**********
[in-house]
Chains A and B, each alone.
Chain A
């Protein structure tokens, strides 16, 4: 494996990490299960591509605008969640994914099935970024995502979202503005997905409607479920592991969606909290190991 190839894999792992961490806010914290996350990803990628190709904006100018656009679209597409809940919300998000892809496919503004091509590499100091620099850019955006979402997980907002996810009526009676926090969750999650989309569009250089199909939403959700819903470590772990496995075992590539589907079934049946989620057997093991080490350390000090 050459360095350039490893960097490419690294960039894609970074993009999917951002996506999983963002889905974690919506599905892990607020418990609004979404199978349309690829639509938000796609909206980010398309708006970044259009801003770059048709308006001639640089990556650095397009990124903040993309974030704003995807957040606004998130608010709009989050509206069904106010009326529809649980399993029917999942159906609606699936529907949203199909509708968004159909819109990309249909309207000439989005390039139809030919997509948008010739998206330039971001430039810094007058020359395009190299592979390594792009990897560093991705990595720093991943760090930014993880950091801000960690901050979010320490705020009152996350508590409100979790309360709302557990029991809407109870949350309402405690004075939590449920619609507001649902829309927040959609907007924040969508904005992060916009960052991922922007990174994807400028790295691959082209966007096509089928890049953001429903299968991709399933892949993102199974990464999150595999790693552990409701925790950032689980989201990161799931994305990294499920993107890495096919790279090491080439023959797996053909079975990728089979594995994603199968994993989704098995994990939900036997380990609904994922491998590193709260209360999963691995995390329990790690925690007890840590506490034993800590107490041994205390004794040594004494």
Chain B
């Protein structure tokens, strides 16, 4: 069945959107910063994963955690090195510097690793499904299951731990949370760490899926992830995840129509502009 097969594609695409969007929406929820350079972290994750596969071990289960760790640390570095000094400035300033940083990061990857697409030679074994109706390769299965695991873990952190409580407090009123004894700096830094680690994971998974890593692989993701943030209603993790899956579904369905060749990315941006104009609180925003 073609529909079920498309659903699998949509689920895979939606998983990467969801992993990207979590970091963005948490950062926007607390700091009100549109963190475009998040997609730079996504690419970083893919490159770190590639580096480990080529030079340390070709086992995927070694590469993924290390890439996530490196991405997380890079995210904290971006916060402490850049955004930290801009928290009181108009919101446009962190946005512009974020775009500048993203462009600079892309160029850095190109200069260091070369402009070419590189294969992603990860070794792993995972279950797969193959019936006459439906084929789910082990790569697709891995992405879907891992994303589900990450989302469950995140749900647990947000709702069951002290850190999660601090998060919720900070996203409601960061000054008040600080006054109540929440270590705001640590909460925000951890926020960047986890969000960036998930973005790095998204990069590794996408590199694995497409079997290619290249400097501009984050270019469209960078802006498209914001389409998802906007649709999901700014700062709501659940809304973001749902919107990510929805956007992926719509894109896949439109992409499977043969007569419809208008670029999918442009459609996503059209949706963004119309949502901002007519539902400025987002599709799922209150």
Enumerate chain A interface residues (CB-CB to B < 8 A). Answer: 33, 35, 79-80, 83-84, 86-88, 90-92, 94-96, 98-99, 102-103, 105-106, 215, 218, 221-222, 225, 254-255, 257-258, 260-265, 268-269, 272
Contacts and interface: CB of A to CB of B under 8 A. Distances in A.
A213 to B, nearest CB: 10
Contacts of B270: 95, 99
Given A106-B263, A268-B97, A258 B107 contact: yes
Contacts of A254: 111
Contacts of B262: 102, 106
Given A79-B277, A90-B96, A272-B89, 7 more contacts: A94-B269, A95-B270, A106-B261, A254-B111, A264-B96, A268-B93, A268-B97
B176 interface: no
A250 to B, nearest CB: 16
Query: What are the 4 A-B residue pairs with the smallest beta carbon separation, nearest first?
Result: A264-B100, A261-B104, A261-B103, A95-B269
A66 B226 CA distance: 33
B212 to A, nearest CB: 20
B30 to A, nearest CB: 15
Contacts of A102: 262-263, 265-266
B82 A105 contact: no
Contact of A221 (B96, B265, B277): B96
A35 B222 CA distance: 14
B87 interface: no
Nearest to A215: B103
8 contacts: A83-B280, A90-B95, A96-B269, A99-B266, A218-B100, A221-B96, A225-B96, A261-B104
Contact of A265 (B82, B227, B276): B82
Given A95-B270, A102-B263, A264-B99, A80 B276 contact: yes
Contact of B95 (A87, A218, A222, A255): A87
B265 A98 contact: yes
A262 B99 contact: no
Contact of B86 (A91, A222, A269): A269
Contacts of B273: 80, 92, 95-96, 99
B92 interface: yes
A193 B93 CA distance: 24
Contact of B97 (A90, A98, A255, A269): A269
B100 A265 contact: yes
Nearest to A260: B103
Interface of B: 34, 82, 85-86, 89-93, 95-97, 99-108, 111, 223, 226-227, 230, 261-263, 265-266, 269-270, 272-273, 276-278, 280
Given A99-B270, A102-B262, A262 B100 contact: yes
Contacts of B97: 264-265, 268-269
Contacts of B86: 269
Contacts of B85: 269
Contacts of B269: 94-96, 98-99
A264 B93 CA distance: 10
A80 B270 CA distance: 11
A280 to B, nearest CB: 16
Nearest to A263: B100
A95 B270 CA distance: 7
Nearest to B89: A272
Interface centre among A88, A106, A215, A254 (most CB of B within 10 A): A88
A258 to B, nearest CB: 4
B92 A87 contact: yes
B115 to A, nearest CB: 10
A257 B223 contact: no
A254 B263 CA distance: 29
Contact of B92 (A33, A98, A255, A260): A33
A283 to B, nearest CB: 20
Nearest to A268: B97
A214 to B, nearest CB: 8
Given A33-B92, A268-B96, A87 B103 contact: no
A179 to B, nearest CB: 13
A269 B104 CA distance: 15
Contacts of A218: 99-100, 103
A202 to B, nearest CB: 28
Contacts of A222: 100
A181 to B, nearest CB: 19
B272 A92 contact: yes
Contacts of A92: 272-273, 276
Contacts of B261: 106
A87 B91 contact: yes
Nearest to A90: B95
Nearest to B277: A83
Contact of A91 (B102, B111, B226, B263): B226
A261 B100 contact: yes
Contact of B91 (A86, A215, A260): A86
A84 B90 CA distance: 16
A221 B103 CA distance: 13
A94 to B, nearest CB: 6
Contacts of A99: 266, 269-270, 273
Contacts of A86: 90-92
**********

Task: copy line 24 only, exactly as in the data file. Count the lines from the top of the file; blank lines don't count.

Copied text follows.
Contact of A221 (B96, B265, B277): B96